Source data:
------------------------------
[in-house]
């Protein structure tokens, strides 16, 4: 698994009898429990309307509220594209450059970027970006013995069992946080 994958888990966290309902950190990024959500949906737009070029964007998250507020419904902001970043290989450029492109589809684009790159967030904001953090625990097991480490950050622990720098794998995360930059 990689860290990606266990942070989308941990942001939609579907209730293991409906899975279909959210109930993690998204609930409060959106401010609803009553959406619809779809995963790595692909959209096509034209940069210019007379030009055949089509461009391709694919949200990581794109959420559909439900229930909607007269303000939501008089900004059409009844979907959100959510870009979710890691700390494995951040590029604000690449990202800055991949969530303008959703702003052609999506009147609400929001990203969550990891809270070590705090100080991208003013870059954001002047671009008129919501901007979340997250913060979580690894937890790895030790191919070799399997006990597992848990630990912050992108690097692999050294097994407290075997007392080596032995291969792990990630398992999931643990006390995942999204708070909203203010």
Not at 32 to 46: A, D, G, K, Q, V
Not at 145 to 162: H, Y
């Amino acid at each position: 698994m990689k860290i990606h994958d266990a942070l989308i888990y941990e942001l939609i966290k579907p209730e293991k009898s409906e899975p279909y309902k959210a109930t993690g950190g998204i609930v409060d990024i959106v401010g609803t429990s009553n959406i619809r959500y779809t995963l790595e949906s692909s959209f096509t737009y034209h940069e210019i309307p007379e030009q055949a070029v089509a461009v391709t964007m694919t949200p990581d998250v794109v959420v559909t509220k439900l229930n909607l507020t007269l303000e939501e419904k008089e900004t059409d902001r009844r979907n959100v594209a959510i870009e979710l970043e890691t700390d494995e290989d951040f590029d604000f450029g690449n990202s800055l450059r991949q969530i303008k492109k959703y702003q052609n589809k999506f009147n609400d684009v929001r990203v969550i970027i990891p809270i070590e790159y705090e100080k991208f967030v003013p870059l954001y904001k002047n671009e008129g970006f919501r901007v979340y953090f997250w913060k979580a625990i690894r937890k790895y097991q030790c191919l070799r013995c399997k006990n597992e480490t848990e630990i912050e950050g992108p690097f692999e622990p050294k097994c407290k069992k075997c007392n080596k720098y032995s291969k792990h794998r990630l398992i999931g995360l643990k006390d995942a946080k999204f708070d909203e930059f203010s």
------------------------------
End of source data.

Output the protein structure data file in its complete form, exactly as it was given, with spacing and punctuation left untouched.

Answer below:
[in-house]
């Protein structure tokens, strides 16, 4: 698994009898429990309307509220594209450059970027970006013995069992946080 994958888990966290309902950190990024959500949906737009070029964007998250507020419904902001970043290989450029492109589809684009790159967030904001953090625990097991480490950050622990720098794998995360930059 990689860290990606266990942070989308941990942001939609579907209730293991409906899975279909959210109930993690998204609930409060959106401010609803009553959406619809779809995963790595692909959209096509034209940069210019007379030009055949089509461009391709694919949200990581794109959420559909439900229930909607007269303000939501008089900004059409009844979907959100959510870009979710890691700390494995951040590029604000690449990202800055991949969530303008959703702003052609999506009147609400929001990203969550990891809270070590705090100080991208003013870059954001002047671009008129919501901007979340997250913060979580690894937890790895030790191919070799399997006990597992848990630990912050992108690097692999050294097994407290075997007392080596032995291969792990990630398992999931643990006390995942999204708070909203203010």
Not at 32 to 46: A, D, G, K, Q, V
Not at 145 to 162: H, Y
């Amino acid at each position: 698994m990689k860290i990606h994958d266990a942070l989308i888990y941990e942001l939609i966290k579907p209730e293991k009898s409906e899975p279909y309902k959210a109930t993690g950190g998204i609930v409060d990024i959106v401010g609803t429990s009553n959406i619809r959500y779809t995963l790595e949906s692909s959209f096509t737009y034209h940069e210019i309307p007379e030009q055949a070029v089509a461009v391709t964007m694919t949200p990581d998250v794109v959420v559909t509220k439900l229930n909607l507020t007269l303000e939501e419904k008089e900004t059409d902001r009844r979907n959100v594209a959510i870009e979710l970043e890691t700390d494995e290989d951040f590029d604000f450029g690449n990202s800055l450059r991949q969530i303008k492109k959703y702003q052609n589809k999506f009147n609400d684009v929001r990203v969550i970027i990891p809270i070590e790159y705090e100080k991208f967030v003013p870059l954001y904001k002047n671009e008129g970006f919501r901007v979340y953090f997250w913060k979580a625990i690894r937890k790895y097991q030790c191919l070799r013995c399997k006990n597992e480490t848990e630990i912050e950050g992108p690097f692999e622990p050294k097994c407290k069992k075997c007392n080596k720098y032995s291969k792990h794998r990630l398992i999931g995360l643990k006390d995942a946080k999204f708070d909203e930059f203010s």